My sis has a 7 month Beagle pup. He's lovely and has lived in the family home with her, her DH and DC since they got him in the Spring. He's crate trained (in a fashion) too. My sis is moving house and her and DH have decided that pup will be going to sleep in the garage in the new house. Now I don't like this one bit. In my mind, he is used to being in thr family home with them and used to hearing them pottering about. Surely he's going to feel isolated and it will become a completely negative experience? They've bought a heater and a radio 'for company' but it's just really upset me that he's been used to living in the family home and now, new house means he's shoved in the garage. It's a detatched garage too so not even attached to the house. My and my sis have had a volatile relationship over the years and we're in a nice place at the moment. Do I speak up about this? Or is it fine and I'm just over-reacting?
As a lone dog i would say no its not a nice thing to do at all 2plus dogs together i dont have a problem with (so long as it was just at night) but a dog so young on its own!!i think he would be very lonely tbh
He is a lone dog, and its at night time. But I don't know what constitutes as night time IYSWIM. Midnight to 6am is very diff from 9pm to 8am ... DO I just come out and say its cruel? Glad its just not me who thinks this isn#'t good ... How to handle it now please folks!
What is the reason for it? I know some people don't want dogs in the house at all, but it seems strange to have him indoors during the day and then put him in the garage at night. Is it to do with toilet training, or does he bark or whine at night?
I wouldn't accuse her of cruelty, especially if the garage is heated and he has a comfortable bed, bowl of water etc. But I don't think it's a nice thing to do, and definitely wouldn't do it myself. Maybe ask why she doesn't want him in the house, and see if there's another solution to the problem?
Even with a small heater it will be cold, especially in the winter, since a garage does not have an insulated roof or walls. Could also be potentially damp. He will also be vulnerable to theft. If you are concerned about raising the cruelty issue, perhaps stressing the theft issue would be a better way of tackling it. Most garage locks are not resistant, and if he's not neutered he could be very valuable to a puppy farmer, or he could be used for fighting. There is also a profitable line in people stealing dogs and then geting them back for "ransoms".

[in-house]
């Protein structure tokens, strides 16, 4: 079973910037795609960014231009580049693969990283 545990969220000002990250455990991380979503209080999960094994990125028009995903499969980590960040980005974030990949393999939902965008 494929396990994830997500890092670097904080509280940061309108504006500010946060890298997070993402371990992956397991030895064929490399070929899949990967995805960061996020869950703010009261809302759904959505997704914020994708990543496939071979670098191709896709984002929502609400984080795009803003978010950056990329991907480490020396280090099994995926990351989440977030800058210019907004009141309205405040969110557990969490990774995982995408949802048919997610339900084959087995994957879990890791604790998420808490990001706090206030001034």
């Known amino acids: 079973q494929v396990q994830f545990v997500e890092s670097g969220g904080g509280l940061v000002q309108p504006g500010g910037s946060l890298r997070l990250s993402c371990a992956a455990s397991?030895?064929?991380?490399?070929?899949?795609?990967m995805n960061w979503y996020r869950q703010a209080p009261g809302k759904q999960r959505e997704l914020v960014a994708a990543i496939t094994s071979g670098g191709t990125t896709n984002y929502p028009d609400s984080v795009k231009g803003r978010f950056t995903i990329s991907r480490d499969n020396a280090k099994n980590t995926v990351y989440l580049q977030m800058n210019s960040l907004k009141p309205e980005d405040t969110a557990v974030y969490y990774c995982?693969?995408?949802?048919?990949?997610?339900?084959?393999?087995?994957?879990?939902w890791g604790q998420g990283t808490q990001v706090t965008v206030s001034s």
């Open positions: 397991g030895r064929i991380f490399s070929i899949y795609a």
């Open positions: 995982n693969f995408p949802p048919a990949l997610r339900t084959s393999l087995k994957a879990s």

I'd tackle the theft thing first and then if still no movement it's arguable that she will be breaching the Animal Welfare Act. There is also the issue of noise - if beagle starts baying, she could be facing noise nuisance proceedings, andit's not a good way to make a start with new neighbours. If you did report her to either local Council or to RSPCA, then this would be anonymous and would be not be traceable to you.
All the above, plus it's even more cruel to leave a beagle on its own - he's a pack hound and will hate being separated from his human company. As Scuttle says, chances are he'll howl and howl and howl, trying to make them come and find him, and that's a noise designed to carry over fields, let alone through walls.
Apparently its a space issue why he can't sleep in the house. They put him in the biggest crate imaginable and are downsizing. There is ample room however in their conservatory IMO but what do I know ... Good idea to mention the theft issue - he hasn't been castrated yet. I'm also going to mention the lack of companionship. Like you say, beagles are used to being part of a pack. Her reasoning is that our cousin kept his dogs in the garage. But their garage was attached to the house AND he had more than one dog! And they had free reign ! Oooh I don't know. I just don't like it. Thanks for the tips though folks